Flusing water pipes after soldering


Does anyone know how long or how much you should flush copper water pipes after soldering? It seems to me that the water retained a flux odor for quite a while, and was wondering if there was any rule of thumb about how long to flush before the water is potable.
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That depends on who's drinking it. For me, 2000 gallons. For you, a pint......
Seriously, all I've done is let it run for maybe 10 gallons or so. I doubt there is anything more harmful in the flux than other things we are all routinely exposed to. Even if you let it run longer, given the compostion of flux, unless it were very hot water, I doubt any more is going to come off. With a few gallons you would likely dislodge any little chunks of debris, but if it's simply flux inside a cold water pipe, it might take hundreds of thousands of gallons to erode every last bit of flux.
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Zootal wrote:

I just give them a quick flush to wash out any loose debris. I've never noticed any such odor. Do you use a lot of flux?
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I didn't think so. The hot water was discolored for a while, way too much for the flux to be the culprit. I can't identify the odor, either. I have a small pot of flux, and I used less then a tablespoon for the entire job. I'm suspecting some comtamination in the copper pipes themselves. If that isn't it, could turning the water on and off several times break loose gunk in the water heater? The cold water did not run discolored at all, it just quickly flushed out a few pockets of stuff and has been clear since. Weird.
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On Fri, 19 Feb 2010 13:47:25 -0600, Zootal

It's quite normal to have discolored hot water after draining and refilling the plumbing. To know that it's running clear again, fill the bathtub. Slight discoloration will show up a lot better that way.
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snipped-for-privacy@dog.com wrote in

Ah, interesting. Good to know. IANAP (I Am Not A Plumber) in case you can't tell :-)
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ember.org:

That is the crap from the bottom of your hot water heater...
That is a bad sign... How old is the water heater ???
Is it electric or gas ??? When the bottom of a hot water heater tank fills up with sediment bad things happen... I have seen a water heater that had so much sediment in it that the lower electric element was completely covered by it...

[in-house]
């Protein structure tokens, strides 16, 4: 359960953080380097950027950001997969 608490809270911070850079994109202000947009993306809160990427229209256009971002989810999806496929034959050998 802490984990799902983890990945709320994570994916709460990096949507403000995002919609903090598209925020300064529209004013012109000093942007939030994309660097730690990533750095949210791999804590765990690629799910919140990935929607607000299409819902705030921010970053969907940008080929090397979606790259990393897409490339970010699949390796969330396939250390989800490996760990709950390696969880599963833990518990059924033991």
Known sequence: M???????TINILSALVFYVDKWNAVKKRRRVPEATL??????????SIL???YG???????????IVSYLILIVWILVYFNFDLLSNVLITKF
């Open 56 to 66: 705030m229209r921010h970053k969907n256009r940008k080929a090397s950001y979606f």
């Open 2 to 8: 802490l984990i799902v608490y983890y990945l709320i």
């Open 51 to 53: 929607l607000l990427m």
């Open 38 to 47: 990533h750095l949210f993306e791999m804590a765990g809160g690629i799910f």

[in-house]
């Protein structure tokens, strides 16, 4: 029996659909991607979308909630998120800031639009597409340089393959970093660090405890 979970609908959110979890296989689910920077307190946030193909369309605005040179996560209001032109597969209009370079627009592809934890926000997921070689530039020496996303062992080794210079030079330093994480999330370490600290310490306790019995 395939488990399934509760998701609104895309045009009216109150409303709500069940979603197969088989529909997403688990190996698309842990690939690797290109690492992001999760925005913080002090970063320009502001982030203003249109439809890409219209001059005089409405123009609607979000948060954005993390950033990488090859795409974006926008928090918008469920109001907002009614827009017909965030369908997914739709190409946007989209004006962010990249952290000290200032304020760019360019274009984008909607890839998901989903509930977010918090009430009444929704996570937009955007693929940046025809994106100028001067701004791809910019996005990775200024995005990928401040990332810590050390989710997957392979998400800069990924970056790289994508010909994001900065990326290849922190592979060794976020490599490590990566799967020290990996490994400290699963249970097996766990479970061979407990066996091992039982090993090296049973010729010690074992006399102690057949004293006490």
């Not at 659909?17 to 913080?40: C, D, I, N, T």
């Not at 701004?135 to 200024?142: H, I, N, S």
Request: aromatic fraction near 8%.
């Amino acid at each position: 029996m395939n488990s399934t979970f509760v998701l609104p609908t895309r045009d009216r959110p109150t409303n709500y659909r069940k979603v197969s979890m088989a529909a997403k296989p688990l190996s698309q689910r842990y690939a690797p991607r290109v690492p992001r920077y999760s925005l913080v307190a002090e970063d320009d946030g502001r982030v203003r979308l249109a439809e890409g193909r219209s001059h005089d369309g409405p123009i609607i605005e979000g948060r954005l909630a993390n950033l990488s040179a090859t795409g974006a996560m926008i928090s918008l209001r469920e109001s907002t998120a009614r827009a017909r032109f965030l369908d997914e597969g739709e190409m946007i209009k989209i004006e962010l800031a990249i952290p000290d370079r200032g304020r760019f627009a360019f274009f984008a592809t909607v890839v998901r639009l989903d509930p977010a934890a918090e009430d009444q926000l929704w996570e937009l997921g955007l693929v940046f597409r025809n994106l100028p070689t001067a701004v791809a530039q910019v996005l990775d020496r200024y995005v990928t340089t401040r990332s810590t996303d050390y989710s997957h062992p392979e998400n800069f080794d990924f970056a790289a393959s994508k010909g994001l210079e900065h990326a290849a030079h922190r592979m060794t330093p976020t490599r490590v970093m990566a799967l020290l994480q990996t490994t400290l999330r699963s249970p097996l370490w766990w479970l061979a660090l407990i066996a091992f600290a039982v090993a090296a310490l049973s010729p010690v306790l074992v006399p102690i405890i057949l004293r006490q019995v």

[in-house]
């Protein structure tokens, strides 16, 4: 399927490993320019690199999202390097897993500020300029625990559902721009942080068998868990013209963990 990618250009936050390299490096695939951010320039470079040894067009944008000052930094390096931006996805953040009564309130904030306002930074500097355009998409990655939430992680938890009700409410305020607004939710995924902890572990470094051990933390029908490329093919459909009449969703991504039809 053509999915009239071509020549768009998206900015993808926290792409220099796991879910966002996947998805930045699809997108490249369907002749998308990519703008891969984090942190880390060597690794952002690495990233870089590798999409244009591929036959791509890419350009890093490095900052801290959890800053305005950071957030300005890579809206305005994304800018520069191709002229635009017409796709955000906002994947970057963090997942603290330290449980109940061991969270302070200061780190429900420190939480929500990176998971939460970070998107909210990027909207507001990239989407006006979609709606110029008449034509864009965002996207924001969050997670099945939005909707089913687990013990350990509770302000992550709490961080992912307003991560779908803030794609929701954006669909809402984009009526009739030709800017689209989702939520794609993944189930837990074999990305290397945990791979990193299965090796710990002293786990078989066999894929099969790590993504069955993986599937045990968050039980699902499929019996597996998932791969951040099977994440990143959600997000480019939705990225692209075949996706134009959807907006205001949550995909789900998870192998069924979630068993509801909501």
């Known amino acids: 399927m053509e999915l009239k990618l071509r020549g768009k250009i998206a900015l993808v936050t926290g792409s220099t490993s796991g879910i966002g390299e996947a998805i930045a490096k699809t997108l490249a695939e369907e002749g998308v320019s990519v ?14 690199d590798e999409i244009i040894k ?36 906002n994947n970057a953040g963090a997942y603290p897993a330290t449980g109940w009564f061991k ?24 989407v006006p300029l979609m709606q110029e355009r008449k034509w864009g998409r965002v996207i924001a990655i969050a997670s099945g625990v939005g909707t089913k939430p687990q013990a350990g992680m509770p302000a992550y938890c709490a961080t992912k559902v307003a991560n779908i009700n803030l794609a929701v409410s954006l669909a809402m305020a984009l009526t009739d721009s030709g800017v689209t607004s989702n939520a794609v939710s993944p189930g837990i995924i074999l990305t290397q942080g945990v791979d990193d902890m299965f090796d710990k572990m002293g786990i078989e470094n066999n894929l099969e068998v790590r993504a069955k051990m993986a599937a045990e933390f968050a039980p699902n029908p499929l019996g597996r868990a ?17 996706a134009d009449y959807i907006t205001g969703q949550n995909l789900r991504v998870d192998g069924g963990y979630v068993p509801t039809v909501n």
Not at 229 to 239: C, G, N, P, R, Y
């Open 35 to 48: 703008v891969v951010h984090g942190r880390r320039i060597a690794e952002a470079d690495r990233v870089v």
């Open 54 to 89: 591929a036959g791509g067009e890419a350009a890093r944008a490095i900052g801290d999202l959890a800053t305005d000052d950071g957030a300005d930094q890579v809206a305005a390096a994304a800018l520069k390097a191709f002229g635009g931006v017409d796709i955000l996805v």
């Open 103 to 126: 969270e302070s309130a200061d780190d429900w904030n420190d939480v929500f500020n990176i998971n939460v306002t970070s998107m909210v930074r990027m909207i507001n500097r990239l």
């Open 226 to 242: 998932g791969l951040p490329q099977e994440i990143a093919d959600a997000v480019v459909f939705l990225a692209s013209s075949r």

When was the last time you checked the sacrificial anode rod in the tank ???
If it is just sediment (dirt) and not rust and hard water scale) you might have issues with your water supply pipe from the street or your nearby water mains might be ready to fail since sand and dirt is getting into your water tank... You should consider installing a water filter on the supply line to the water tank if you discover excessive sediment in your tank...
~~ Evan
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The heater is maybe ten years old. Electric. I pulled the plug off of the bottom and flushed it out about three years ago. We have very soft water here. Hmm... a month or so ago they went around flushing the water pipes through the fire hydrants, and our water was murky for a while. It could be that gunk settled in the bottom of the heater tank at that time. Maybe time to flush the tank again...
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Zootal wrote:

If that ever happen again, shut off your water main and the valve to the heater while they flush, then open a hose faucet pipe-wise-near the pipe bringing water into the house and turn on the water again until the hose faucet runs clear, so you don't bring the muck into your house piping.
When I replaced the water main into my rental house, I added an outdoor "freeze-proof hydrant" at the property line near the meter. That'll work great for flushing in the future - nothing will get into the house piping.
For now, a good flush of your water heater might help.
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Good luck with that -- your electric water heater is at or nearing the end of its useful lifespan... When it does die, you should remove the lower heating element and look inside the tank after you drain it to see how much crap every drop of hot water you use soaks in while it is in the tank...
You will definitely want to install a water filter on the line feeding into your hot water tank after you see the insides of one... When was the last time you checked the sacrificial anode rod inside the tank???
~~ Evan
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ember.org:

When you say you used less than a tablespoon of flux - for how many joints? IANAP either, but for a single joint I would say I use about a pea-sized amount of flux. -- H
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You're using too much flux.
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On Fri, 19 Feb 2010 02:22:28 -0600, Zootal

Maybe run the water full blast for two minutes is about right. Rinse new lines before installing a new faucet/showerhead/toilet.
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